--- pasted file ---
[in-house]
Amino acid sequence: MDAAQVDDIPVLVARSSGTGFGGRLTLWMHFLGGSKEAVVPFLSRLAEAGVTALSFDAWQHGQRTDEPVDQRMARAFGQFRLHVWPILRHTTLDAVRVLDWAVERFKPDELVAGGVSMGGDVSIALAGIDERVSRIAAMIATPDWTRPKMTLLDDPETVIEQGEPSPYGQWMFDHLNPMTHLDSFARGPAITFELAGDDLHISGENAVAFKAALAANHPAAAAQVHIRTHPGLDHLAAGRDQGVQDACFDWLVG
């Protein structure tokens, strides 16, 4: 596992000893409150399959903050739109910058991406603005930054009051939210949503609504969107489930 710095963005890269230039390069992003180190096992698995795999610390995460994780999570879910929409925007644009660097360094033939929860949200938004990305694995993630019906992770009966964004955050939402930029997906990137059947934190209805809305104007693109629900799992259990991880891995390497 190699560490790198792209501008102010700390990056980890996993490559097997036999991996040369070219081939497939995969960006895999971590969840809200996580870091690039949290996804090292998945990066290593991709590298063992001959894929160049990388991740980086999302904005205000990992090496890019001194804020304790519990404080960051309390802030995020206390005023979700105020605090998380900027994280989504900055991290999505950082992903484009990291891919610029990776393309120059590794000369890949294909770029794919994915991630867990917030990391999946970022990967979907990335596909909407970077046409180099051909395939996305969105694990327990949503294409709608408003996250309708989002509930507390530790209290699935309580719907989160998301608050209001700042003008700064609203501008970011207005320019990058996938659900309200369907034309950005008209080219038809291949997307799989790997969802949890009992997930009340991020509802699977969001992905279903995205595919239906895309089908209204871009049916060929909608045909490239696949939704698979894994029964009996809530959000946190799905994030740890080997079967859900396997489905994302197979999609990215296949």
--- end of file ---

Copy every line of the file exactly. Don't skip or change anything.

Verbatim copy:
[in-house]
Amino acid sequence: MDAAQVDDIPVLVARSSGTGFGGRLTLWMHFLGGSKEAVVPFLSRLAEAGVTALSFDAWQHGQRTDEPVDQRMARAFGQFRLHVWPILRHTTLDAVRVLDWAVERFKPDELVAGGVSMGGDVSIALAGIDERVSRIAAMIATPDWTRPKMTLLDDPETVIEQGEPSPYGQWMFDHLNPMTHLDSFARGPAITFELAGDDLHISGENAVAFKAALAANHPAAAAQVHIRTHPGLDHLAAGRDQGVQDACFDWLVG
């Protein structure tokens, strides 16, 4: 596992000893409150399959903050739109910058991406603005930054009051939210949503609504969107489930 710095963005890269230039390069992003180190096992698995795999610390995460994780999570879910929409925007644009660097360094033939929860949200938004990305694995993630019906992770009966964004955050939402930029997906990137059947934190209805809305104007693109629900799992259990991880891995390497 190699560490790198792209501008102010700390990056980890996993490559097997036999991996040369070219081939497939995969960006895999971590969840809200996580870091690039949290996804090292998945990066290593991709590298063992001959894929160049990388991740980086999302904005205000990992090496890019001194804020304790519990404080960051309390802030995020206390005023979700105020605090998380900027994280989504900055991290999505950082992903484009990291891919610029990776393309120059590794000369890949294909770029794919994915991630867990917030990391999946970022990967979907990335596909909407970077046409180099051909395939996305969105694990327990949503294409709608408003996250309708989002509930507390530790209290699935309580719907989160998301608050209001700042003008700064609203501008970011207005320019990058996938659900309200369907034309950005008209080219038809291949997307799989790997969802949890009992997930009340991020509802699977969001992905279903995205595919239906895309089908209204871009049916060929909608045909490239696949939704698979894994029964009996809530959000946190799905994030740890080997079967859900396997489905994302197979999609990215296949």